At Whitepages Pro, we pledge to use our “data for good” so it seemed natural for me to attend DiscoTech – Code for Seattle’s National Day of Civic Hacking. Thousands of participants from over 106 different communities came together on Saturday, June 6th to create apps and services that used open source public data to address problems facing their municipalities. DiscoTech was designed to harness the skills provided by Seattle’s technology sector to improve quality of life and bolster civic engagement. But, why should we be interested in civic tech?
How Can We Leverage the Best of Technology to Build Better Communities?
Closing the technology gap is what Code for America and its brigades aim to tackle. “Government in general has lagged. A lot has to do with what we the people have insisted government be. We’ve asked government to be very careful with how it spends our money, to not take risks, to check a lot of boxes, and to make decisions for a very long time frame…It’s not a good fit with how technology is built and bought in 2015,” said Jennifer Pahlka, founder of Code America in an interview with phys.org. Resource limitations and bureaucratic processes has lead municipalities to utilize talent and innovation from outside of their organizations in order to leverage the necessary agility to create accessible, functional, and geographically targeted products.
Which raises the question, how can we use Seattle’s tech boom as an asset to create an equitable and integrated city? At DiscoTech the projects were varied, ranging from the largest directory of US citizens killed by police officers, to city council meeting chatrooms, to What’s My Wage, which helps hourly workers bypass the complex $15 minimum wage phase-in matrix with a series of questions to determine their base pay. My favorite project was, Hey Duwamish!, a cleanup monitoring and reporting tool for residents surrounding the Lower Duwamish Waterway Superfund site in South Seattle. It’s inspiring to see the full list of projects taken on by unpaid volunteers in an effort to increase transparency in government processes, address community needs, and advance our localities into the 21st century.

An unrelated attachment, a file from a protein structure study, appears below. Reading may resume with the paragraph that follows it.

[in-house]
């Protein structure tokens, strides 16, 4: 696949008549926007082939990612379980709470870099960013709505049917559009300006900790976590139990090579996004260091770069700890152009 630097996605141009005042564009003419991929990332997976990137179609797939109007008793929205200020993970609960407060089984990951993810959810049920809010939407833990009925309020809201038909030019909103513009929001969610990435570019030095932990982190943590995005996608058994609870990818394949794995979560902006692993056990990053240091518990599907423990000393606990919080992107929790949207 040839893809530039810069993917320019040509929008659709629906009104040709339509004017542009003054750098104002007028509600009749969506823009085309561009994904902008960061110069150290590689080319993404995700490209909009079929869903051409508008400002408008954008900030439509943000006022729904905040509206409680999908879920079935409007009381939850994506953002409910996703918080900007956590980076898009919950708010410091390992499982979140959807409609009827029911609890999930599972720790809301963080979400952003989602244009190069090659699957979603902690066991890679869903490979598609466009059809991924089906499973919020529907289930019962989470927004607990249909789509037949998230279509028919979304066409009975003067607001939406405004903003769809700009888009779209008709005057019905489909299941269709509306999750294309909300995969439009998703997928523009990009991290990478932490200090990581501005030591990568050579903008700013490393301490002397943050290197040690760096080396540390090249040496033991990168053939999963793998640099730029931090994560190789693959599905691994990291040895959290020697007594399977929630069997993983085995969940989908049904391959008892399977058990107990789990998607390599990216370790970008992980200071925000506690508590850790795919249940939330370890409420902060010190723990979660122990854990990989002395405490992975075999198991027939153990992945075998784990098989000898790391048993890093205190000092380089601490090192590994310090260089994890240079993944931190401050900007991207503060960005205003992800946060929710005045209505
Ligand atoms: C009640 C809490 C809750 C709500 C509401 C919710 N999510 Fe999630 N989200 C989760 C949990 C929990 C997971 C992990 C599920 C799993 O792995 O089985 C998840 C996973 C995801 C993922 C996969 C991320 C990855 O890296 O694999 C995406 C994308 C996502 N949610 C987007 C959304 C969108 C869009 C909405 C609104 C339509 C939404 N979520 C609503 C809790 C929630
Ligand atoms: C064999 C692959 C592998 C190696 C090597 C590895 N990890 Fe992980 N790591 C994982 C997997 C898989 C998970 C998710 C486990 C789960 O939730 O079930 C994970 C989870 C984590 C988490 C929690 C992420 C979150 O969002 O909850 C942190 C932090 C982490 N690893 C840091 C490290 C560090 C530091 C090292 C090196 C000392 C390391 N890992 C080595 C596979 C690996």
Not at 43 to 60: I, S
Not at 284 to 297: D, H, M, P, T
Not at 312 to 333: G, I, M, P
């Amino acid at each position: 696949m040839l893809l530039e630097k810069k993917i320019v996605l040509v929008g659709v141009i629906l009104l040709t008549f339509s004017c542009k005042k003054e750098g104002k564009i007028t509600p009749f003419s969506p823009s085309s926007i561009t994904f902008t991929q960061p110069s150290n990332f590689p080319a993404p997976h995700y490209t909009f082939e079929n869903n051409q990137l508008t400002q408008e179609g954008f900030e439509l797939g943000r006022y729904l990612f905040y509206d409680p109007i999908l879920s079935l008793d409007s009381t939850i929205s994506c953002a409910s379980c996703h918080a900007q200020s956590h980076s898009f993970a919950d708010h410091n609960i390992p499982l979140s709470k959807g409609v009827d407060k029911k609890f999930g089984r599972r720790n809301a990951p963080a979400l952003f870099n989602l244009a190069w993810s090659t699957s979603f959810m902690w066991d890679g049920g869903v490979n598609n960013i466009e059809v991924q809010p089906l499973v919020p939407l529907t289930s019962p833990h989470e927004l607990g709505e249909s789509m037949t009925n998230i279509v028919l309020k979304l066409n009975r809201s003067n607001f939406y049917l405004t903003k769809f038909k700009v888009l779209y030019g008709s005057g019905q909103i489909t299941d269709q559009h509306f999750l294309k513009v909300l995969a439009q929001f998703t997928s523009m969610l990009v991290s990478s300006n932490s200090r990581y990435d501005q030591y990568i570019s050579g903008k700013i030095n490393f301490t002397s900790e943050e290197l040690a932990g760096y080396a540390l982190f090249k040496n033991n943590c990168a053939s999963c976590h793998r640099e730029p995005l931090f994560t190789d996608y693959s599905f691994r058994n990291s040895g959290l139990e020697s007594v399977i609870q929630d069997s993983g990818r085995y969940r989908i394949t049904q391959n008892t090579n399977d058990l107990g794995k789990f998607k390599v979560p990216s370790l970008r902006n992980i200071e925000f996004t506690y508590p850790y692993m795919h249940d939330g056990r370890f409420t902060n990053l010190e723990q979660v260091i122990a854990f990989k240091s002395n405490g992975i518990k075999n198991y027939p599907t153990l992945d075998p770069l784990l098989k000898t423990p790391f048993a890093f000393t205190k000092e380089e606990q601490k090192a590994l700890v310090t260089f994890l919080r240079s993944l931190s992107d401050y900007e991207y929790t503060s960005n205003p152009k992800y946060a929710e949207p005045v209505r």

Bridging the Gap Between the Corporate World and Civic Engagement
Critics say that while our growing technology sector is largely responsible for Seattle’s economic boom, it has resulted in gentrification, greater economic stratification, and the soulless redevelopment of historic neighborhoods. “The tech community can do more, turning this conversation on its head by proactively identifying and supporting communit[ies],” said Mark Peterson in GeekWire. In order to revise the narrative that tech companies are unengaged in civic culture we are honored to invest time and energy into supporting grassroots technology projects that are driving positive change in our backyard. At Whitepages Pro, we are committed to supporting not only the mainstream software development community but developers that truly allow us the opportunity to use our data for good.